Tavio Henson knows a thing or two about dealing with sports injuries. As an IU Health Sports Performance strength and conditioning coach who started playing sports as a kid, Henson had a long career in a sport where injuries are common. The former defensive back for University of Tennessee played in the Canadian Football League and the Arena Football League before becoming a coach.
Henson says a good off-season training program can help all athletes lower their risk for non-contact injuries. With several spring and summer sports just around the corner, he says many athletes should be in the throes of their post-season or pre-season training right now.
Every off-season training program should have four important elements:
Flexibility––to avoid muscle pulls and other injuries
Strength––which translates into performance-enhancing speed
Speed––because all sports require it
Agility––the ability to move in multiple directions––laterally, backward, forward and at angles
When you start pre-season training––usually about eight weeks before the regular season––you should concentrate on a moderate number of repetitions in the weight room and emphasize sports specific drills. “Track is straight-on running,” Henson says. “That means a track athlete needs drills that focus on explosion and acceleration in a straight line.” In soccer, baseball and basketball, athletes move in all directions, so they need agility drills to prepare.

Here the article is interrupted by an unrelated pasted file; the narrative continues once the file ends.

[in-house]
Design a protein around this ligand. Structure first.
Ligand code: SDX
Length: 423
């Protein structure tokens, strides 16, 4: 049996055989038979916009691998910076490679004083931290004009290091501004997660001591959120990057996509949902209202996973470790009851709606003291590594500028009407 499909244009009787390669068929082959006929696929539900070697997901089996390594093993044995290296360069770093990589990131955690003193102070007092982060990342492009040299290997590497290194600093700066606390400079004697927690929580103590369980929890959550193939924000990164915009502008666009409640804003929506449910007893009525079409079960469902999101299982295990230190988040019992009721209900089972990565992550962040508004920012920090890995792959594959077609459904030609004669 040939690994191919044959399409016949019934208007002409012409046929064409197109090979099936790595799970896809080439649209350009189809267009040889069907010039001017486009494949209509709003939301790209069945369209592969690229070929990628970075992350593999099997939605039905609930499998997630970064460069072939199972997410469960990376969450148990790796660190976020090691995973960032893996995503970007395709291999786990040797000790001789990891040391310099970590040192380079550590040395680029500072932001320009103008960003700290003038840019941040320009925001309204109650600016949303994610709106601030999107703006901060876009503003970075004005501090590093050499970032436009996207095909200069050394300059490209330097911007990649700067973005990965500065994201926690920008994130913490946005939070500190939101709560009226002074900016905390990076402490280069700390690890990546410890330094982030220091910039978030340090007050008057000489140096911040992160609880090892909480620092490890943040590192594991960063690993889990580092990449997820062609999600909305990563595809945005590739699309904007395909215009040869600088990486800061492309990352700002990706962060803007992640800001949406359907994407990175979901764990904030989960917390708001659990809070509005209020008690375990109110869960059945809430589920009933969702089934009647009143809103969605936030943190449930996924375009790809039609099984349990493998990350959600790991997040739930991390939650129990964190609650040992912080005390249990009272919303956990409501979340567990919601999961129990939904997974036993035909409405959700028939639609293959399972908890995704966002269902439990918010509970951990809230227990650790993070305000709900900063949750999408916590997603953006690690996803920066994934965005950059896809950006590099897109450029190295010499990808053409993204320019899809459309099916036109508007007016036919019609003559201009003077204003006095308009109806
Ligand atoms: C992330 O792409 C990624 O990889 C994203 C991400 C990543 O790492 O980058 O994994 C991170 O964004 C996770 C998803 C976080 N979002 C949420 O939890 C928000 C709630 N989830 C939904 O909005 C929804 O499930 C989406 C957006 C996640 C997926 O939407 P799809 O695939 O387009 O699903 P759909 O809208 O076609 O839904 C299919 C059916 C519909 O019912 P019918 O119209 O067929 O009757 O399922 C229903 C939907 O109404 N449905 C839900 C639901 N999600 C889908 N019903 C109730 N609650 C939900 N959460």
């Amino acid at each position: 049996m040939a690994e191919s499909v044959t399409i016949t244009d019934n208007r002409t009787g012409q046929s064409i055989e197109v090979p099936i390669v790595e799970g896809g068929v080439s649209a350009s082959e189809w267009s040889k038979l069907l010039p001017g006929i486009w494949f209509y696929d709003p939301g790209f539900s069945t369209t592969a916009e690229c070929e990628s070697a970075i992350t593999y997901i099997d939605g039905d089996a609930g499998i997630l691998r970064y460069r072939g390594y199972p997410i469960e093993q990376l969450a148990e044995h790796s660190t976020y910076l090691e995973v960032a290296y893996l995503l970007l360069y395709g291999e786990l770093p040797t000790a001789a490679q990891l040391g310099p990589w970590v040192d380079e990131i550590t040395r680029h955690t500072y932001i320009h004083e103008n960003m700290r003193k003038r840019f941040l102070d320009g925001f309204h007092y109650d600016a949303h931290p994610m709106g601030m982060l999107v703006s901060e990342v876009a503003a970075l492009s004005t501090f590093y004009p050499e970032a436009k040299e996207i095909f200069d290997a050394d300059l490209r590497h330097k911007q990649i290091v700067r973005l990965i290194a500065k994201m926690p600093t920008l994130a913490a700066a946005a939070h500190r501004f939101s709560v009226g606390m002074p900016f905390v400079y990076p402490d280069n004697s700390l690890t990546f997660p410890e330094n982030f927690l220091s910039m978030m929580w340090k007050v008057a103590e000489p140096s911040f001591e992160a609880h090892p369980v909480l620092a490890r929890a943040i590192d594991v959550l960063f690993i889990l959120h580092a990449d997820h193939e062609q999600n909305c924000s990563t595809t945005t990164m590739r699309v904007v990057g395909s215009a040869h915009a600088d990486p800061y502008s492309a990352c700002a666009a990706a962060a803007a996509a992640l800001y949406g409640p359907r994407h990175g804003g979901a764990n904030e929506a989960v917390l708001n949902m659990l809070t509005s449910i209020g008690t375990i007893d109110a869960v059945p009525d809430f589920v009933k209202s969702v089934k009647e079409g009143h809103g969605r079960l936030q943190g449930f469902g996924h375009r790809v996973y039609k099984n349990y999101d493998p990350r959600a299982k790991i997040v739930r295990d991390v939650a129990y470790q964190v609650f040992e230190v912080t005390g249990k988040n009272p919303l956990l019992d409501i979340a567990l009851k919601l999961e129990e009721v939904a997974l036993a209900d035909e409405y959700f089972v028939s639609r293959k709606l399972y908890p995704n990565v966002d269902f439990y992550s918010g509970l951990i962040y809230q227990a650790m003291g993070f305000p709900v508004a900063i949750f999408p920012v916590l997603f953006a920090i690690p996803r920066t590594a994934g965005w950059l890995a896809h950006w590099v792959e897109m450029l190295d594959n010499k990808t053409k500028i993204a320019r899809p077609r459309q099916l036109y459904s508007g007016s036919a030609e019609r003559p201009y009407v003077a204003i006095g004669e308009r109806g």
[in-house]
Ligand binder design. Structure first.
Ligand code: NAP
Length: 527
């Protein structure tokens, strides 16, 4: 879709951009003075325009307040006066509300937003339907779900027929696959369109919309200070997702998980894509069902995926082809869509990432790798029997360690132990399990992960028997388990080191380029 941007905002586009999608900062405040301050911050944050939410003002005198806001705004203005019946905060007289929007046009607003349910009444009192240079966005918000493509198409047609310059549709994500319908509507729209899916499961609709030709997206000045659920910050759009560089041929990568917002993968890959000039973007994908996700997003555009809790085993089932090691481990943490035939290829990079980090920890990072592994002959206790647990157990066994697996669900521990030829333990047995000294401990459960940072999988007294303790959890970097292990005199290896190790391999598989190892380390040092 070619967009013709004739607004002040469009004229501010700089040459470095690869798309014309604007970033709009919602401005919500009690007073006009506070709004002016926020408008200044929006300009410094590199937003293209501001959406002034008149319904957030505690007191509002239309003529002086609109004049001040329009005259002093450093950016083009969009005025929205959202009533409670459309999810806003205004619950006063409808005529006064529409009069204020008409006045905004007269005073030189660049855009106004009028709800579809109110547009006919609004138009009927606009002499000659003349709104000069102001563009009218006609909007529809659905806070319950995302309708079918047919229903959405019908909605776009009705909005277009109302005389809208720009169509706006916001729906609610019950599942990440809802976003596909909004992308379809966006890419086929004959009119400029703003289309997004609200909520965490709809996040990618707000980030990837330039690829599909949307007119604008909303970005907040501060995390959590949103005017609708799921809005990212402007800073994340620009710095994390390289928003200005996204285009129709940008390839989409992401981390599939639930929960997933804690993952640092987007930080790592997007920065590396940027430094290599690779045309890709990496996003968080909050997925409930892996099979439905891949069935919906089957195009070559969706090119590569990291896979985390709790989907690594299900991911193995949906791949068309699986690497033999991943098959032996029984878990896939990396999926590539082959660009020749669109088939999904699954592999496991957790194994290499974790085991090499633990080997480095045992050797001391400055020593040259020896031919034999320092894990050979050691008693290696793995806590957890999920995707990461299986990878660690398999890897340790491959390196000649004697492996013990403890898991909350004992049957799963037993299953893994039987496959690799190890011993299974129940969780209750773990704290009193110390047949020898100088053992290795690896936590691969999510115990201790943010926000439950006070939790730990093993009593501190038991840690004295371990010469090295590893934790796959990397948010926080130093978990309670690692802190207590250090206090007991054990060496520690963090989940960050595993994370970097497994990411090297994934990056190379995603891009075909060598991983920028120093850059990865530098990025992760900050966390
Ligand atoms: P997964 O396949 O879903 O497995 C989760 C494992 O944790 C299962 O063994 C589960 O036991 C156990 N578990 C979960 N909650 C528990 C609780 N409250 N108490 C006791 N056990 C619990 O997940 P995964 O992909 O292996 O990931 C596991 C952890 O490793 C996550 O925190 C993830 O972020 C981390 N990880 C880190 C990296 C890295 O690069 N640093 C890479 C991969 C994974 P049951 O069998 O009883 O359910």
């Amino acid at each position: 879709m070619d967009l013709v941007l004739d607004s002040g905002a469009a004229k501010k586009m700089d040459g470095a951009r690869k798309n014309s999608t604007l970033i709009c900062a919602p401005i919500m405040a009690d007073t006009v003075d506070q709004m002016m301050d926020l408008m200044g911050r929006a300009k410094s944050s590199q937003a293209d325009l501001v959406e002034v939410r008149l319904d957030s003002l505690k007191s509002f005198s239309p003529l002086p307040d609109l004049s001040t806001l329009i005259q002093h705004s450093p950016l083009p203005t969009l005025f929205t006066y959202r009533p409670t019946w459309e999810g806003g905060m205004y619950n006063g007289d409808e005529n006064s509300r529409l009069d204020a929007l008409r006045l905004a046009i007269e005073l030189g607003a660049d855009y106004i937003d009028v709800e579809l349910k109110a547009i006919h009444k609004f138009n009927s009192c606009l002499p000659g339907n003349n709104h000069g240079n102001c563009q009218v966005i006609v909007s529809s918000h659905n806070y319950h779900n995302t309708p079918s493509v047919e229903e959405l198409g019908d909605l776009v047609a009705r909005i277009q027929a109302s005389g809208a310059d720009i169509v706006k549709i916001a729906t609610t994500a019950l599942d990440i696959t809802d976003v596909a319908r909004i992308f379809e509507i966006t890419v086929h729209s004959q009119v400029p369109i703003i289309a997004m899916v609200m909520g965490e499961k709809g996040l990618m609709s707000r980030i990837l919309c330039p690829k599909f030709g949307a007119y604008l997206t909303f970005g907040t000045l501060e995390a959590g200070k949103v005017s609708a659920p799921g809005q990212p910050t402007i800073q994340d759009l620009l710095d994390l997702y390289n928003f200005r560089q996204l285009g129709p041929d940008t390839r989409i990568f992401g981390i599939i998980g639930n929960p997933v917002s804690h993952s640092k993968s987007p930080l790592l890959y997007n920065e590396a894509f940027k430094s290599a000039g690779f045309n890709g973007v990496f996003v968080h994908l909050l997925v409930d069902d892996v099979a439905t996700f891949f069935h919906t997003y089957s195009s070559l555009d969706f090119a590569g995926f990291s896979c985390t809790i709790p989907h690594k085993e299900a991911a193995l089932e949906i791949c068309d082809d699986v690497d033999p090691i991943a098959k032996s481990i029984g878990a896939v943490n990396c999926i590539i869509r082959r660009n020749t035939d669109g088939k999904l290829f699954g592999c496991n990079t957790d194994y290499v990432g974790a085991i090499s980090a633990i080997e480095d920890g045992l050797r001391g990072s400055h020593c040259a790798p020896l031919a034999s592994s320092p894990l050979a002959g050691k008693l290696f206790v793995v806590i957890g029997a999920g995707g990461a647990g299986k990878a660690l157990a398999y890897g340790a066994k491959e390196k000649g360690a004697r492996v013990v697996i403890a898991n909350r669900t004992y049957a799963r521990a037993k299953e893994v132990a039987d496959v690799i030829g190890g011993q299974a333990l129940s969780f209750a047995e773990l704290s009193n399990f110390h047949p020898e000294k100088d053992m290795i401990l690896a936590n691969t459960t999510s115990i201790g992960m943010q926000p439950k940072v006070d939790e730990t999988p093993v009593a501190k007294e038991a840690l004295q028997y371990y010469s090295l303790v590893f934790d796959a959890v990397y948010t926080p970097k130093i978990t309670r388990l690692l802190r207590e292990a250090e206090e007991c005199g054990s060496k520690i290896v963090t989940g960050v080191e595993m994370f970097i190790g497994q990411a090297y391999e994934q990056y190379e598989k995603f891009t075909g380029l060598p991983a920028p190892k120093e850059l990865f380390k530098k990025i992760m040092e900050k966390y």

The approach should change in the latter half of pre-season, with fewer repetitions and heavier weights for strength training. “That switch will help you build explosive power just as you go into your season,” he says.
Post-season training should begin after a one-month rest period from the regular season––typically about eight or nine months prior to the next season. “For the first three months of post-season training, you’re building strength and flexibility, and sometimes playing other sports, which can be very healthy,” Henson says.
Regular season training
Once you get to the regular season, you should keep doing explosive drills, but decrease the frequency and length of your workouts. “Sometimes athletes lose strength during their season because they don’t stay focused on all four aspects of training,” Henson says. That can lead to a decline in performance and set them up for injuries.
If you want to get ready for spring or summer sports, contact IU Health Sports Performance at (317) 848-5867 for customized, sports-specific training. Your program includes a Functional Movement Screen to identify body imbalances that could lead to injury, plus corrective exercises to strengthen those imbalances.